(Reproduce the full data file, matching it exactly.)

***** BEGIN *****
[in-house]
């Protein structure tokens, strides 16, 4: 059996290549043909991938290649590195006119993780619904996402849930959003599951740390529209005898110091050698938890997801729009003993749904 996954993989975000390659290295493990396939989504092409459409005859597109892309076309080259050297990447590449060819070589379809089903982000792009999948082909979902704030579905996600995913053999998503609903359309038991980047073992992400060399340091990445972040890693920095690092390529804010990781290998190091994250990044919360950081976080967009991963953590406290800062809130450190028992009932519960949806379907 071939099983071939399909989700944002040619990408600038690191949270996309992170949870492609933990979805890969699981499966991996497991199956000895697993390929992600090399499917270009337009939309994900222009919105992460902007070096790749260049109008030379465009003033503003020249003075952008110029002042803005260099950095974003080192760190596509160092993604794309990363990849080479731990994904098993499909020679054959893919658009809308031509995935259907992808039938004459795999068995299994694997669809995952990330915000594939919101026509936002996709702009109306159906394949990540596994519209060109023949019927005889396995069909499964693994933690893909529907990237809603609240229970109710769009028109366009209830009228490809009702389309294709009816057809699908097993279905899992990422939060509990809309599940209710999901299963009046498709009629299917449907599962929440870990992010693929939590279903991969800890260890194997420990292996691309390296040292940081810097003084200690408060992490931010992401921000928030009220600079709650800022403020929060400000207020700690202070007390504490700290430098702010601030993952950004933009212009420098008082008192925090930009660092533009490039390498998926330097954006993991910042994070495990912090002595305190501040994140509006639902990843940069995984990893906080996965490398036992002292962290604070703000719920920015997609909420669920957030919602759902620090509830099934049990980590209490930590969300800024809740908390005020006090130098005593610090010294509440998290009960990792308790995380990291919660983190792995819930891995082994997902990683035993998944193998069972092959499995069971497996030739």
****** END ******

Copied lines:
[in-house]
């Protein structure tokens, strides 16, 4: 059996290549043909991938290649590195006119993780619904996402849930959003599951740390529209005898110091050698938890997801729009003993749904 996954993989975000390659290295493990396939989504092409459409005859597109892309076309080259050297990447590449060819070589379809089903982000792009999948082909979902704030579905996600995913053999998503609903359309038991980047073992992400060399340091990445972040890693920095690092390529804010990781290998190091994250990044919360950081976080967009991963953590406290800062809130450190028992009932519960949806379907 071939099983071939399909989700944002040619990408600038690191949270996309992170949870492609933990979805890969699981499966991996497991199956000895697993390929992600090399499917270009337009939309994900222009919105992460902007070096790749260049109008030379465009003033503003020249003075952008110029002042803005260099950095974003080192760190596509160092993604794309990363990849080479731990994904098993499909020679054959893919658009809308031509995935259907992808039938004459795999068995299994694997669809995952990330915000594939919101026509936002996709702009109306159906394949990540596994519209060109023949019927005889396995069909499964693994933690893909529907990237809603609240229970109710769009028109366009209830009228490809009702389309294709009816057809699908097993279905899992990422939060509990809309599940209710999901299963009046498709009629299917449907599962929440870990992010693929939590279903991969800890260890194997420990292996691309390296040292940081810097003084200690408060992490931010992401921000928030009220600079709650800022403020929060400000207020700690202070007390504490700290430098702010601030993952950004933009212009420098008082008192925090930009660092533009490039390498998926330097954006993991910042994070495990912090002595305190501040994140509006639902990843940069995984990893906080996965490398036992002292962290604070703000719920920015997609909420669920957030919602759902620090509830099934049990980590209490930590969300800024809740908390005020006090130098005593610090010294509440998290009960990792308790995380990291919660983190792995819930891995082994997902990683035993998944193998069972092959499995069971497996030739």